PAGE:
The face of the work force is changing, and efforts to help those who are disadvantaged because of educational and economic difficulties find jobs can only become more challenging.

A national committee joined forces last year under the auspices of the secretary of labor to help formulate policy for applying the Job Training Partnership Act.The act uses government money to train and educate target populations that are considered disadvantaged and unskilled, like young high school dropouts and welfare recipients.

The result of the committee's work is "Working Capital: JTPA Investments for the '90s," a study of the program nationwide.

The first step was examining the future of the work force. The report drew some interesting - and disturbing - conclusions:

- Types of jobs and their requirements are changing irreversibly and so are the demographics of the current and potential work force. Unfortunately, they're not necessarily changing in the same ways.

- Qualified workers are growing scarce, and the chasm between the jobs available (or that will be available) and the work force is widening.

- Nationwide, we can "boast" of massive functional illiteracy (25 million), long-term dependency (about 3 million people of working age) and failure to complete high school (an incredible million youths a year).

- Resources are restricted in all social service and human development systems and the problem is compounded because no one system can accomplish significant change alone.

The committee decided that the JTPA's (and other employment and education) goals should deal both with human development and self-sufficiency for the family, and productivity for the American work force.

On first examination, it sounds like common sense. But when I stopped to really examine those findings about the shifting work force and the future, that goal started to sound pretty lofty and fairly hard to achieve.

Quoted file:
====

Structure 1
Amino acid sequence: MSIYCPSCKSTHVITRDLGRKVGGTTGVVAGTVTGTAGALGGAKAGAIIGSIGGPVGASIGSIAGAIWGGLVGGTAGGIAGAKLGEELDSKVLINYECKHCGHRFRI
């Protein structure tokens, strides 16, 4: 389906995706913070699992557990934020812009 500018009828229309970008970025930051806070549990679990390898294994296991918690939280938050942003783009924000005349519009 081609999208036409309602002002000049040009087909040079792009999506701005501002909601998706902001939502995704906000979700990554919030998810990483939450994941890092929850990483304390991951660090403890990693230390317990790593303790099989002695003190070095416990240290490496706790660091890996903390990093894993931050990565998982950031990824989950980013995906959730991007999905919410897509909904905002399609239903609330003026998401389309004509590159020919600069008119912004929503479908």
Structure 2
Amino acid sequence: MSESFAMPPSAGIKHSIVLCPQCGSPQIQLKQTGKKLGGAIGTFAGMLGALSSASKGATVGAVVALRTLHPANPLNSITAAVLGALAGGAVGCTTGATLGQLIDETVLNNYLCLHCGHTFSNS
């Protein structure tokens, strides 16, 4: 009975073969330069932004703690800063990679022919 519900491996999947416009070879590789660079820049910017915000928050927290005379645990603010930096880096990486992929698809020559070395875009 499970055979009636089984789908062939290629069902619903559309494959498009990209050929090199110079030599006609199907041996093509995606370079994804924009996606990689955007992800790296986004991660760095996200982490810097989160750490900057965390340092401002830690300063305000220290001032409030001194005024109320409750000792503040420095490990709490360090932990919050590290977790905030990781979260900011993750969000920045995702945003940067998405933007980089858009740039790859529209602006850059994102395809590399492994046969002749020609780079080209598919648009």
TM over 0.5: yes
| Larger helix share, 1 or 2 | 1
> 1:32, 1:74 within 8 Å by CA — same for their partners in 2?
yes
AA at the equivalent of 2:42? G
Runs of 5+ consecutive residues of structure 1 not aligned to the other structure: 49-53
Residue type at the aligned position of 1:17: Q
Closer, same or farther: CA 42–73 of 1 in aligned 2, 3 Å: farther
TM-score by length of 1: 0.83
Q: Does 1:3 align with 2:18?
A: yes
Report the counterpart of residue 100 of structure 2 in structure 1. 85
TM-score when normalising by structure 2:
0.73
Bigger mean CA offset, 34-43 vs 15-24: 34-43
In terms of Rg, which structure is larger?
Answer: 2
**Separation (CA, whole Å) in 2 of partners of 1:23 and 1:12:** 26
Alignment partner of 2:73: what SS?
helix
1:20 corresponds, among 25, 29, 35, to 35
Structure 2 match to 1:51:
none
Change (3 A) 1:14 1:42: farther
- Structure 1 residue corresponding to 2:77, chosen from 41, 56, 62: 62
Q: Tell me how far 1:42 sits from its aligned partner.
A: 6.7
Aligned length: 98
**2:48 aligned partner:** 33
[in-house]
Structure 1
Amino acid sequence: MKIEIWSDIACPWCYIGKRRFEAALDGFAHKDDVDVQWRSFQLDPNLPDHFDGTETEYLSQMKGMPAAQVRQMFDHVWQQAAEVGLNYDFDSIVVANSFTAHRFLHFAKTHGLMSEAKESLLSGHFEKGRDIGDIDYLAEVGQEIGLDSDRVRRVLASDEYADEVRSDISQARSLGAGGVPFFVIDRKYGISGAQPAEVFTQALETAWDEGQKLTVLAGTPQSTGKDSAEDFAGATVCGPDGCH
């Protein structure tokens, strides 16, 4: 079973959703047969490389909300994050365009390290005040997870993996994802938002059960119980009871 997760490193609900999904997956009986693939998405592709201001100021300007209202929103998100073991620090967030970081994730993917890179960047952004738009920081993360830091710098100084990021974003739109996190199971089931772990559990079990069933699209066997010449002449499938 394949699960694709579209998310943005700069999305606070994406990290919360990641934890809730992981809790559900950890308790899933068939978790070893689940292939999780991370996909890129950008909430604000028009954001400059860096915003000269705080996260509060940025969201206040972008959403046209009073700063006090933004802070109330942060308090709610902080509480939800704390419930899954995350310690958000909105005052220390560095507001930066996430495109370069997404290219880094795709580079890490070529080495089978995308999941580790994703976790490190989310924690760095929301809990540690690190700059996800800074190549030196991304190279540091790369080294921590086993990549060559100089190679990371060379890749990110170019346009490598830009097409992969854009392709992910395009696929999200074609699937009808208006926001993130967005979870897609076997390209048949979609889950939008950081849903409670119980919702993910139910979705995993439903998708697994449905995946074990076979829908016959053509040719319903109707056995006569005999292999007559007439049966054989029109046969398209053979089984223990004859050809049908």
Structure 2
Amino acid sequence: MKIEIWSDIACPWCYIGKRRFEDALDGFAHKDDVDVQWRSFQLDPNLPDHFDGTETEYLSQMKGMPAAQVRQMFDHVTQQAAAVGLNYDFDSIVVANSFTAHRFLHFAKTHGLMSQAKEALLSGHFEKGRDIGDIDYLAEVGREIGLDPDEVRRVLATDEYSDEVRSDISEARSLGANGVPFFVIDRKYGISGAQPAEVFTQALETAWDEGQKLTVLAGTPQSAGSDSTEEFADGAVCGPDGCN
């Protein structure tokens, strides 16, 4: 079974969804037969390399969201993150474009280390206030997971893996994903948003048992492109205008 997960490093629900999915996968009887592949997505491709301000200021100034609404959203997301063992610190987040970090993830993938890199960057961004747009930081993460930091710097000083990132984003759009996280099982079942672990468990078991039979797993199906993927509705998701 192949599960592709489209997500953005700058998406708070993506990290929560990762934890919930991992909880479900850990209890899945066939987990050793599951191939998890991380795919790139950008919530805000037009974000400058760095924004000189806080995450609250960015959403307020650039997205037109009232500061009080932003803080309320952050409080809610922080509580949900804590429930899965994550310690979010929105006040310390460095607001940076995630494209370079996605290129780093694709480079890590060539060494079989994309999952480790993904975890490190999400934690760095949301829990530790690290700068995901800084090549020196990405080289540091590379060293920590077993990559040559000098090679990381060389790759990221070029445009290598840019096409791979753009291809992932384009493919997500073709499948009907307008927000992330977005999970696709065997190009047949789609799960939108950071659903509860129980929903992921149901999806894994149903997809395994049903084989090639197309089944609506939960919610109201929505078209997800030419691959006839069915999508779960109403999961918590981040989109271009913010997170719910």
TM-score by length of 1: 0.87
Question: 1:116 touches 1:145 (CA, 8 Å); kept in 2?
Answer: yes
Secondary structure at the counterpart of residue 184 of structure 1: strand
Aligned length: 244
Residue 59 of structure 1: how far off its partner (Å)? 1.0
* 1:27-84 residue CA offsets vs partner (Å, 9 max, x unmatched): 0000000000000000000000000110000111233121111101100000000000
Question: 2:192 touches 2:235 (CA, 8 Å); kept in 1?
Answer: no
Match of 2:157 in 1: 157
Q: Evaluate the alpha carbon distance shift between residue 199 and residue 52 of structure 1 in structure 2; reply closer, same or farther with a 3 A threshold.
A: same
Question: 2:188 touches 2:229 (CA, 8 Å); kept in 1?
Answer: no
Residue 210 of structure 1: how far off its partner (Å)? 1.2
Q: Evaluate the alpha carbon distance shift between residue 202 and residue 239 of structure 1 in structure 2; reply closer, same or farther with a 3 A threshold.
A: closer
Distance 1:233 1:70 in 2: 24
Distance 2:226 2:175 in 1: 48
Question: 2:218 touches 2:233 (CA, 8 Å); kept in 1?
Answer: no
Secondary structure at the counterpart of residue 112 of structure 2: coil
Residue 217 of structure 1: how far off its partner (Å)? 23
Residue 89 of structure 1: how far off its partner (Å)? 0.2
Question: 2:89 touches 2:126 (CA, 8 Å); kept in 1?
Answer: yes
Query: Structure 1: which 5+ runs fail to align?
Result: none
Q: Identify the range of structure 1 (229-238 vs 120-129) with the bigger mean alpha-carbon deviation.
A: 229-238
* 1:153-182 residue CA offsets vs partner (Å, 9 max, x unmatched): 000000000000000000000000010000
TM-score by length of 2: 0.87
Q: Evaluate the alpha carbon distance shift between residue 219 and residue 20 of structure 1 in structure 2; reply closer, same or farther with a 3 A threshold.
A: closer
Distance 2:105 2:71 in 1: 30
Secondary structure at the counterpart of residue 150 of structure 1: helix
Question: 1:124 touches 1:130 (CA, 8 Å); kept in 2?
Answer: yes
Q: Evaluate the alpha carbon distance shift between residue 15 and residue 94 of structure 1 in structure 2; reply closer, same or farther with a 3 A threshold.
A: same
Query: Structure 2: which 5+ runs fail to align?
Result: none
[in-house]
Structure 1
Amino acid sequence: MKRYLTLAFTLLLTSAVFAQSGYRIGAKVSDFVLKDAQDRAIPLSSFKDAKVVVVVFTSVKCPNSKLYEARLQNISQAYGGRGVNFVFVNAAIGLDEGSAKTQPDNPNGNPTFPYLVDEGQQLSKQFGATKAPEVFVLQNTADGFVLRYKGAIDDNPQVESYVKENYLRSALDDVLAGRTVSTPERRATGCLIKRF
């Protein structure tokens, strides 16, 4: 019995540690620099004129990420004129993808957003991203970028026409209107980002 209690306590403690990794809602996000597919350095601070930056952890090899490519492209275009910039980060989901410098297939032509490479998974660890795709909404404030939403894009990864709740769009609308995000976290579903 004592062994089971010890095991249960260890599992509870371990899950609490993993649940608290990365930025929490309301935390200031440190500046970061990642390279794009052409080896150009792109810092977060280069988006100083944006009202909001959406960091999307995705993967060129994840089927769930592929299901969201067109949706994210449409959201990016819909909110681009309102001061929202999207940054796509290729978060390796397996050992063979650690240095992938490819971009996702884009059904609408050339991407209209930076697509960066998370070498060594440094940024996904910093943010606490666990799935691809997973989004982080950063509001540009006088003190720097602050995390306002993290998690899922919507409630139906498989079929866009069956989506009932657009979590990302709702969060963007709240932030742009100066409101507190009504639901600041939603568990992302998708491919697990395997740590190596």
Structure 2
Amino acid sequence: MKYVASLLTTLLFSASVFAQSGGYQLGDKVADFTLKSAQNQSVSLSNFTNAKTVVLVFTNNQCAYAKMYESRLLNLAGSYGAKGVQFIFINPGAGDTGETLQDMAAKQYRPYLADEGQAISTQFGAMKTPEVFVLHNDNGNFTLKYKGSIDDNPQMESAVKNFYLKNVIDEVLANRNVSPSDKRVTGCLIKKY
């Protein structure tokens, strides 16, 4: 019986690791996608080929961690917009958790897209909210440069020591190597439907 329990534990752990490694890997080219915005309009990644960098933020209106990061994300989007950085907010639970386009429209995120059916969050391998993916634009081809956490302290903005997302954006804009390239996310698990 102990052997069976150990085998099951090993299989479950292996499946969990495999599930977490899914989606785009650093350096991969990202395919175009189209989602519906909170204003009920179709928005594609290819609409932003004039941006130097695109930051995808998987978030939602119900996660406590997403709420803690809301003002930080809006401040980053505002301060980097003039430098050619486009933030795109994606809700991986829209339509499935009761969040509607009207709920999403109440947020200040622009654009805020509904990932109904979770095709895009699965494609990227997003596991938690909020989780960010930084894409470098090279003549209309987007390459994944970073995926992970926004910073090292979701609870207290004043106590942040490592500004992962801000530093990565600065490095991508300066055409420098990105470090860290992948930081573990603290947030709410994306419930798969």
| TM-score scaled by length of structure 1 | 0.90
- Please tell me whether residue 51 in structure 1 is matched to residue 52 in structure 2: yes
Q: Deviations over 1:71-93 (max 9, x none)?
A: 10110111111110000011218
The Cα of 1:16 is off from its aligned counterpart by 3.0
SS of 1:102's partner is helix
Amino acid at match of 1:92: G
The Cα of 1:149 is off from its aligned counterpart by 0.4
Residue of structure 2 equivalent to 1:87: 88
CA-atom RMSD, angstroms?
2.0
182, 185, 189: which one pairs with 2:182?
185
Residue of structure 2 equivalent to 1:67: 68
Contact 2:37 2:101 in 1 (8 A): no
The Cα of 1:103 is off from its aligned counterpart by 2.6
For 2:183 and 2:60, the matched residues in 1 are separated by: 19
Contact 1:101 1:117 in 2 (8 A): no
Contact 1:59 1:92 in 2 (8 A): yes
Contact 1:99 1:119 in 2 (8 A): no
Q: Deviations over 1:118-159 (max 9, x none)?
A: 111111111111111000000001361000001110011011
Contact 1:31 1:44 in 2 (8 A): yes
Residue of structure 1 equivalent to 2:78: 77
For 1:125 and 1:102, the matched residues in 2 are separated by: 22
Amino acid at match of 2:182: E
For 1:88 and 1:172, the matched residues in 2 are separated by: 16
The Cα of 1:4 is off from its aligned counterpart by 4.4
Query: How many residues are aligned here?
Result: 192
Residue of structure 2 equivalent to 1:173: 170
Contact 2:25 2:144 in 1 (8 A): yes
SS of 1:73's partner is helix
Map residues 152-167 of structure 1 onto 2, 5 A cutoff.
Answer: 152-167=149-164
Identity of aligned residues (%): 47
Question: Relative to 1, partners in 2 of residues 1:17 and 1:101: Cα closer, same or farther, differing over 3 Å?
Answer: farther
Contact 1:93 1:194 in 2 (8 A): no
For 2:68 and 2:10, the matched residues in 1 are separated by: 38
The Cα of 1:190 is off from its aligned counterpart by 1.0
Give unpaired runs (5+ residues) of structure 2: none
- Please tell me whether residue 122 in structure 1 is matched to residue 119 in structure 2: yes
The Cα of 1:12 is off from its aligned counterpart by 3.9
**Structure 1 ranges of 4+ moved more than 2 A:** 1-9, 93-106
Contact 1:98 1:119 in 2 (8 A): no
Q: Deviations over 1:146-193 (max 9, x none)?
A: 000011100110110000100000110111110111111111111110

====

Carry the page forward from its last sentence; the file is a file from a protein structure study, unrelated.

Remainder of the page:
But the study doesn't leave it at that. It lists 28 recommendations to meet those goals, then narrows it down even more tightly to focus on a few bottom-line goals. Those seven are the minimum steps that can be taken if the hope is to accomplish the most with very limited JTPA funds and other resources.

So what do we do to help those who have employment-capability disadvantages?

According to the report, emphasis must be placed first on those disadvantaged people who have real skill deficits or those who are dependent on the welfare system and need a concerted spectrum of "helps" to become independent, both economically and emotionally.

Diagnostic assessments will have to be made in-depth to find out what is really needed to overcome the disadvantages. Then, remedial programs, whether literacy or job training or a combination will have to be made available. Those programs need to be flexible enough to accommodate individual needs.

Inevitably, the subject of more funding came up. The report asks for it in terms of providing not only corrective but also preventive services, year round. The target would be young people who are at risk in school and the job market.

Measures of success should be adjusted to reflect the JTPA goal of increasing economic self-sufficiency over the long haul. In other words, don't just give people a job but provide the skills they need to increase their competency, the quality and wage of the job and "long-term retention in the labor force."

Program restraints should be relaxed, the study says, so that creativity becomes a partner in serving participants with serious barriers to employment.

Next, states and communities need to focus on training the people who actually run the program and provide the skills. That kind of technical assistance should increase the productivity of the program and enhance the outcome for participants.

Finally - and probably the most important component of an effective jobs training program - interagency cooperation should be formed. That means a partnership between human resource programs and institutions at all levels and literally anyone who plays a role in a program's effectiveness.

In other words, put partnership into the Job Training Partnership Act.

Obviously, these are recommendations. It's a report. But if the agencies that deal with JTPA take it seriously, the future for those who are economically and educationally job-market handicapped should be much brighter as the program roars into the 1990s.